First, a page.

Slaying Genre: Don't Call Them Lady Comics

I’ve got a project going.


It started one day a few years ago. My friend V and I are skulking around the shelves at Harrison’s Comics in Salem. V is super pregnant and we’re stocking piling stacks of must-reads for her fetus (who ends up being an amazing kid, but that’s getting ahead). The fetus can’t read yet but we’ve decided to gather all the best singles and trades for when she’s old enough to read them. There’re two stipulations that the comics have to meet: they have to be created, at least in part, by women and they have to feature powerful, kick-ass female characters (we are especially interested in work created by and featuring women of color).


Why? We’re sick of lady-sidekicks and pasties for costumes on characters who have no agency in their own stories, who don’t have their own stories, who are simply objects. We’re sick of banal origin stories that erase the complexity, power, and sexuality of our most beloved superheroes (see here for the sitch on Wonder Woman, one of my obsessions). 


And there are many incredible comics out there that feature Buffy-esque heroes and baddies who are complex, compelling, and powerful.


Here's what I'm reading now. Please add your favs in the comments!

  • Lumberjanes: This Eisner Award winner features besties running around the woods, battling demons and of course, adolescence. With expletives like: "What in the Joan Jett are you doing?!" and a mix-tape at the end of each issue, Lumberjanes is full of fun (and capable women of all ages who kick butt). Created by the incredible team: Shannon Watters, Grace Ellis, Noelle Stevenson, and Brooke Allen.
  • Saga: This series has taken the comics world by storm. Let me sum up: two worlds at war, interspecies love, badass women who take on assassins, the military television industrial complex, and a ghost girl babysitter. Artist Fiona Staples creates an incredible landscape for us to play in, while Brian Vaughn delivers a helluva story.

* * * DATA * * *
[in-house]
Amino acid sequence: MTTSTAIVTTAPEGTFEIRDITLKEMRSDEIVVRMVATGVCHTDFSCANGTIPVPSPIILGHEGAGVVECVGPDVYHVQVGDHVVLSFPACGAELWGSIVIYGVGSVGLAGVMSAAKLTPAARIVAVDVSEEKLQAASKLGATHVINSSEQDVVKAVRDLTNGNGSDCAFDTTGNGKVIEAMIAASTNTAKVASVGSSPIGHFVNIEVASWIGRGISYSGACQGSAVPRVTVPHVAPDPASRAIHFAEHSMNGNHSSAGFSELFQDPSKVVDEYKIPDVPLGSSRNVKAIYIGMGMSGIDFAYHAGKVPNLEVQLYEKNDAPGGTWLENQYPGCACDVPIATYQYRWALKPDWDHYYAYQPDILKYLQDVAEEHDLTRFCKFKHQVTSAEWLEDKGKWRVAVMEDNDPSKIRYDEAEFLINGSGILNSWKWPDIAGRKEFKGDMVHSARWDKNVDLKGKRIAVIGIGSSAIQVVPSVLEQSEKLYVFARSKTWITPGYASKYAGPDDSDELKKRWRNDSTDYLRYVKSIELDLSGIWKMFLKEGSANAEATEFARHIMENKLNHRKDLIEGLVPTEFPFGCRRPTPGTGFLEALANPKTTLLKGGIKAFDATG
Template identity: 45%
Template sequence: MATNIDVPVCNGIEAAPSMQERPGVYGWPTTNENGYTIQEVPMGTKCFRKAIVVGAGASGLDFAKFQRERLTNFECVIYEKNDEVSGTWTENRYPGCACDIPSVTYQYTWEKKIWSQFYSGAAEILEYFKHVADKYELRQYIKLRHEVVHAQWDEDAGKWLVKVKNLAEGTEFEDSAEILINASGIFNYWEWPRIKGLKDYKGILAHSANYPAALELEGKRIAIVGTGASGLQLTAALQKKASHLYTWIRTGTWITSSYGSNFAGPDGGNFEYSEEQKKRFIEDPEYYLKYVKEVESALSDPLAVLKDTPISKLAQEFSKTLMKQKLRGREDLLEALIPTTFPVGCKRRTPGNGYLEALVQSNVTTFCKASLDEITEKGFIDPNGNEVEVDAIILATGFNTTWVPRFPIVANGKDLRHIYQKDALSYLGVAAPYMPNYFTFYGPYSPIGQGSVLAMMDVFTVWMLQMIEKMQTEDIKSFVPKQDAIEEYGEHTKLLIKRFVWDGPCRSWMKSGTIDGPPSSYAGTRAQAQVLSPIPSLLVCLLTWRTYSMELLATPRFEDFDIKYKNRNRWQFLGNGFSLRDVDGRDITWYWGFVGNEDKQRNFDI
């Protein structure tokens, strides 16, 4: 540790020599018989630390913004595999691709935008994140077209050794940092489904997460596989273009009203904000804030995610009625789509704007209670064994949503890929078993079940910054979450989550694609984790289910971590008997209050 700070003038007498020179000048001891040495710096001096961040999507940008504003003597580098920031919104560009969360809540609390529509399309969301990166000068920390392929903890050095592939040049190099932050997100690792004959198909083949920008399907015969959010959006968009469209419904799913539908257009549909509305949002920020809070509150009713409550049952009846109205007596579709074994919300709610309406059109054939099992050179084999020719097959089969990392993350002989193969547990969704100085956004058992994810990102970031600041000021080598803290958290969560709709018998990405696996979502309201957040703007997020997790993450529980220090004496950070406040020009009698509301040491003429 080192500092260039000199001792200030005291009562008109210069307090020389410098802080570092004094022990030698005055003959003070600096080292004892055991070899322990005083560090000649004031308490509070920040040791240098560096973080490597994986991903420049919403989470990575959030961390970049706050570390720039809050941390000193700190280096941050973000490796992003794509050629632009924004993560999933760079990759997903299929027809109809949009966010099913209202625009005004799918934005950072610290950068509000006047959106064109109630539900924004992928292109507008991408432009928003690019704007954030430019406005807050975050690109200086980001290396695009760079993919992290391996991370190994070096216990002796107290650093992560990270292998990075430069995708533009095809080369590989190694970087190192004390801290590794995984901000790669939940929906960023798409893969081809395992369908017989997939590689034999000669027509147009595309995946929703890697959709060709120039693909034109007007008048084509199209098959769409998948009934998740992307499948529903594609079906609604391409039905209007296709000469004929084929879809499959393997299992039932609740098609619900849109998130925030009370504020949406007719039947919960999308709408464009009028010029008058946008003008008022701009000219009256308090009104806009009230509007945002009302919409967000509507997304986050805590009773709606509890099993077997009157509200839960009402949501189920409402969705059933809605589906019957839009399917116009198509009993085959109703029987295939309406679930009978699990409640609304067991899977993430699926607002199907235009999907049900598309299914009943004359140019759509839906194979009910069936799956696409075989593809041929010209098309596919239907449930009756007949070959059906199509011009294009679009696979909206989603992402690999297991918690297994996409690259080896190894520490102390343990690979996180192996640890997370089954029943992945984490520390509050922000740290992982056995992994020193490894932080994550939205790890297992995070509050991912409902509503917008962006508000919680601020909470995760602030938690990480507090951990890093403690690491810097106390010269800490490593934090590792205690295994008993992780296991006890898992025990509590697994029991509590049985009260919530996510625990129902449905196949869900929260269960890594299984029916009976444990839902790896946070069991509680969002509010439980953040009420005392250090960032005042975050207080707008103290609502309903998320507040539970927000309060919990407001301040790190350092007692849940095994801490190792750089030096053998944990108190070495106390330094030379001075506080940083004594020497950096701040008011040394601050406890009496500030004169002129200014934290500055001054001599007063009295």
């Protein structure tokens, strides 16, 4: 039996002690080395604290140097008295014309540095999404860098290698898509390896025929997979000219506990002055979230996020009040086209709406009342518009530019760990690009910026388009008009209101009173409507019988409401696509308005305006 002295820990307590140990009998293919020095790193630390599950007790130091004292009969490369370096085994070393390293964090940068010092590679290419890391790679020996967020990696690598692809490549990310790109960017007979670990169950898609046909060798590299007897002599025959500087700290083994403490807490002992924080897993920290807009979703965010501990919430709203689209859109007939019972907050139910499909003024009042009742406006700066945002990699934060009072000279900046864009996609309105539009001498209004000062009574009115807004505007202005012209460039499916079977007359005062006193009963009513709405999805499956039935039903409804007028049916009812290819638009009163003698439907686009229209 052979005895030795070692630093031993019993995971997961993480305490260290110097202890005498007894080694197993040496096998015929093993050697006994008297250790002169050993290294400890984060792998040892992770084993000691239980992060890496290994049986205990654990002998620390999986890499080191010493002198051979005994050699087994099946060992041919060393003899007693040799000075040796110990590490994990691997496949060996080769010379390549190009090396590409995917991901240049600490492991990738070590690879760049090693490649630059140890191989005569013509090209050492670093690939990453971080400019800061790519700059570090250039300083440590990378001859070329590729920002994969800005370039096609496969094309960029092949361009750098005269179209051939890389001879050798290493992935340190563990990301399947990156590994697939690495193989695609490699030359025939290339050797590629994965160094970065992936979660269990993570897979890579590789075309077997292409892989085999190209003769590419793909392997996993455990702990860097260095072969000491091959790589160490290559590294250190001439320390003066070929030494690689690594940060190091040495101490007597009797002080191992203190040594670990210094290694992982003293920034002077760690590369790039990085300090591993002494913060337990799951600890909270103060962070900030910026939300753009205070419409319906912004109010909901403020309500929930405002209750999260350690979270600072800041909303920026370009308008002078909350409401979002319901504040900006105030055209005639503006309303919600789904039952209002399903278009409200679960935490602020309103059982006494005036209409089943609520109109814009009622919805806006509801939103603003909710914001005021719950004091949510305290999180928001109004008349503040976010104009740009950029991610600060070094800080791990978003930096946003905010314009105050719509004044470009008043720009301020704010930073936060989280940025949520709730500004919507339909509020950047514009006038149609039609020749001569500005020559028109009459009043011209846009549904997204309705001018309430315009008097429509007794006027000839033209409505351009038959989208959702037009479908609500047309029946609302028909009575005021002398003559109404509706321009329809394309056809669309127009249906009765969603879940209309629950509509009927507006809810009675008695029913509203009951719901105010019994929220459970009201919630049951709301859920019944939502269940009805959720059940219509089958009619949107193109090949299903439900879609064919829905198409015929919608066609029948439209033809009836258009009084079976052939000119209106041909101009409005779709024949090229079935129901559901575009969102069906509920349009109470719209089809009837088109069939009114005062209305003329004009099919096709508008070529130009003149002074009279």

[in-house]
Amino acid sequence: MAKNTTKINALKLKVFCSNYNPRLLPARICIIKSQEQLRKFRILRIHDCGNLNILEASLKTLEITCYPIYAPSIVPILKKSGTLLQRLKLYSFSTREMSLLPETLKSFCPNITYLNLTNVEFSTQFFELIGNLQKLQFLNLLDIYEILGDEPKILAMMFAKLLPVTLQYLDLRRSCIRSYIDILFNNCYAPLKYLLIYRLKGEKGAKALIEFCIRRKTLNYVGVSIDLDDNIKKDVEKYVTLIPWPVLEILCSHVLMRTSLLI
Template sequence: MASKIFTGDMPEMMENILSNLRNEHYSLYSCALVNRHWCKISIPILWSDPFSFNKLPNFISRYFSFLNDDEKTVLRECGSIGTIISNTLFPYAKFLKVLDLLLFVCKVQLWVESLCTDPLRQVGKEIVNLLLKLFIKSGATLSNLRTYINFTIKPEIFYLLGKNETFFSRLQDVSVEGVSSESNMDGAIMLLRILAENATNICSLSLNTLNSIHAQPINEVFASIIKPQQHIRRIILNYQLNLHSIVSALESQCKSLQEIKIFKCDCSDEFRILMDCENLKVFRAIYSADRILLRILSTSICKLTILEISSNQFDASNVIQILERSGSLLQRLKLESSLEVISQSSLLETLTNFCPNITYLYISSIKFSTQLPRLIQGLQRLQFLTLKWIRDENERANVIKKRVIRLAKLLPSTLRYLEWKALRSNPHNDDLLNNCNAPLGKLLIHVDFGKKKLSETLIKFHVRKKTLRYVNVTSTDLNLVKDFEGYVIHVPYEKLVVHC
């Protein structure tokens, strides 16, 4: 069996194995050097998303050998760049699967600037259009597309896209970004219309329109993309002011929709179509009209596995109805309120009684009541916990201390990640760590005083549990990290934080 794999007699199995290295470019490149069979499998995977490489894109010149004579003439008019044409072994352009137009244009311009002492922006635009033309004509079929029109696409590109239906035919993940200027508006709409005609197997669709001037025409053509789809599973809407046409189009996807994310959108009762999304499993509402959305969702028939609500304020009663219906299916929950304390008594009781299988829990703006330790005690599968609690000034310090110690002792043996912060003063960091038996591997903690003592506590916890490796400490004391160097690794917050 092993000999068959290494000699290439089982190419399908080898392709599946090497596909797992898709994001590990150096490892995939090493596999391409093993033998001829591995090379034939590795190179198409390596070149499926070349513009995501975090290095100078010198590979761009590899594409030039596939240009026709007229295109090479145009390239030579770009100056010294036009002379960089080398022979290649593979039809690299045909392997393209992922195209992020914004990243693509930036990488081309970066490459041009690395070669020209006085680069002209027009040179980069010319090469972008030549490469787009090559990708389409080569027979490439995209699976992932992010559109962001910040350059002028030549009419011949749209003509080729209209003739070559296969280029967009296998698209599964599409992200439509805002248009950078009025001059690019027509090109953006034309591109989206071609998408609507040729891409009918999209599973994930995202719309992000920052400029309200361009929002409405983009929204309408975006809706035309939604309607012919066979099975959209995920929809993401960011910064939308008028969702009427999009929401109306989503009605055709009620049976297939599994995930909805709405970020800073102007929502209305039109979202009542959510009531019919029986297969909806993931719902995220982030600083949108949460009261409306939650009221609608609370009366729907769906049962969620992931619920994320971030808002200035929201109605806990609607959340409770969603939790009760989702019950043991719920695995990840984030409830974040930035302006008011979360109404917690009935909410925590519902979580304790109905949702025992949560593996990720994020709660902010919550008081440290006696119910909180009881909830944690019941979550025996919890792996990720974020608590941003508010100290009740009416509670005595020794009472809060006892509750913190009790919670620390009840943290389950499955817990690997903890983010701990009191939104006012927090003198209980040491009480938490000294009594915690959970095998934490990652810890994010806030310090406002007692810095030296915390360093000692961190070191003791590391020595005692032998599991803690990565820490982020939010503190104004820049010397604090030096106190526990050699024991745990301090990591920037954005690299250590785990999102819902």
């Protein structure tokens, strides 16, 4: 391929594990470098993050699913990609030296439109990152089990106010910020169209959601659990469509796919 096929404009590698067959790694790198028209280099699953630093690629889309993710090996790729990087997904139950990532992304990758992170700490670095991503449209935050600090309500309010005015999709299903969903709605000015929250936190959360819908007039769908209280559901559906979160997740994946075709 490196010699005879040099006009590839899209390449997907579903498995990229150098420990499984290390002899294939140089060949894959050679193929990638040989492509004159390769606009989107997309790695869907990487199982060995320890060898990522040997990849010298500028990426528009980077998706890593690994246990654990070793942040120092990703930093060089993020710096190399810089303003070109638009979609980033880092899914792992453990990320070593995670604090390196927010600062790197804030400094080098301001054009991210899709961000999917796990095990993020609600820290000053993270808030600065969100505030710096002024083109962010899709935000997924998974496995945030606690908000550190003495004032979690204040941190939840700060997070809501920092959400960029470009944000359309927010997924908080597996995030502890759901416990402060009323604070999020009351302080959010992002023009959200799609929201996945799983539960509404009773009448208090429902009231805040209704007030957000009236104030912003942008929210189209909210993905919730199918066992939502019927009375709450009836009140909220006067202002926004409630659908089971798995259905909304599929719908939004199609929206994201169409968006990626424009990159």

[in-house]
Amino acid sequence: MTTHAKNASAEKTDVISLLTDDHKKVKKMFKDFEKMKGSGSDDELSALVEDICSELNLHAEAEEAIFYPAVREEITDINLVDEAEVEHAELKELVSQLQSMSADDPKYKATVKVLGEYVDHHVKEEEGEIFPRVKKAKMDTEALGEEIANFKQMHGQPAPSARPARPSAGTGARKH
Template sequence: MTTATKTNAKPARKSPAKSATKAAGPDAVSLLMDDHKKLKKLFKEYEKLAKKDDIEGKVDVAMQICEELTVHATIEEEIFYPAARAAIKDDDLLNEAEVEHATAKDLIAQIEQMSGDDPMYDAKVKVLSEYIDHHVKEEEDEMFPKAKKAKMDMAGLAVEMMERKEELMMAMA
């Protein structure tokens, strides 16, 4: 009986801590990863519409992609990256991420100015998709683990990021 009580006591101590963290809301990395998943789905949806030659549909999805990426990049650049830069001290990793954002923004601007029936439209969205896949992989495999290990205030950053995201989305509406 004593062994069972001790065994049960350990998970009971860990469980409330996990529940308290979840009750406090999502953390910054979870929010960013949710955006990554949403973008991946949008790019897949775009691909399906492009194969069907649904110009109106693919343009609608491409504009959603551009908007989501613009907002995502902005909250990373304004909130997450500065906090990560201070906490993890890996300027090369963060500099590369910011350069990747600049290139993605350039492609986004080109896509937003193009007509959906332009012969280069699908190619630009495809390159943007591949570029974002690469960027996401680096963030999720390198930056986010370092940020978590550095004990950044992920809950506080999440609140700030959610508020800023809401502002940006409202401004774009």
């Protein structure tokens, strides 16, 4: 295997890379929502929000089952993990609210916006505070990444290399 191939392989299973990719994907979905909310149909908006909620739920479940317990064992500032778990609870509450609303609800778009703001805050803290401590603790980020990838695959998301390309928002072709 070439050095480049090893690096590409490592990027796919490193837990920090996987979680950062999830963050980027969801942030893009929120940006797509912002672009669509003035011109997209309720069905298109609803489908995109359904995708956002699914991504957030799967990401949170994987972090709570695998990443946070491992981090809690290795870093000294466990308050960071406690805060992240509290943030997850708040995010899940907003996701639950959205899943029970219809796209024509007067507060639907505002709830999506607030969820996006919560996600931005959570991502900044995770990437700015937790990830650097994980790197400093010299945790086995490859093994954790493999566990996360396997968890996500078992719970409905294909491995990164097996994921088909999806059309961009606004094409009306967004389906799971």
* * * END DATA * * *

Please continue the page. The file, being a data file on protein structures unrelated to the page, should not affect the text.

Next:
• Pretty Deadly: I'd never thought I'd say I was into western fantasy but it's hard not to be impressed with this comic. The voice is so compellingly drawn, making the story itself easy to fall into. And with characters like the daughter of Death and Beauty, this highly stylized world is one you yearn to spend time in. Kelly Sue DeConnick and Emma Rios bring it to each issue. Hardcore.  
  • Ms. Marvel: I had you at "marvel", didn't I? This comic isn't a reboot; it's a reimagining. Meet Kamala Kahn. A Pakistani American who lives in Jersey City and who just happens to be a superhero. Not only does she smash villains, she navigates the worlds and expectations of being a young woman of color, a Muslim, and a teenager. Written by G. Willow Wilson, Kamala is the first Muslim character to have her own comic book. 
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About the Author

KL Pereira's chapbook, Impossible Wolves was published by Deathless Press is 2013. Her fiction, poetry, and nonfiction are forthcoming or appear in The Drum Literary Magazine, Shimmer Zine, Lightning Cake, The Golden Key, Innsmouth Free Press, Innsmouth Magazine, Mythic Delirium, Jabberwocky, The Medulla Review, Bitch Magazine and other publications. Pereira’s work on fairy tales, sexuality, Wonder Woman, and Buffy the Vampire Slayer are featured on Studio 360 and other radio programs, cited in numerous publications, and assigned in courses all over the United States and Canada. Find Pereira online on and @kl_pereira

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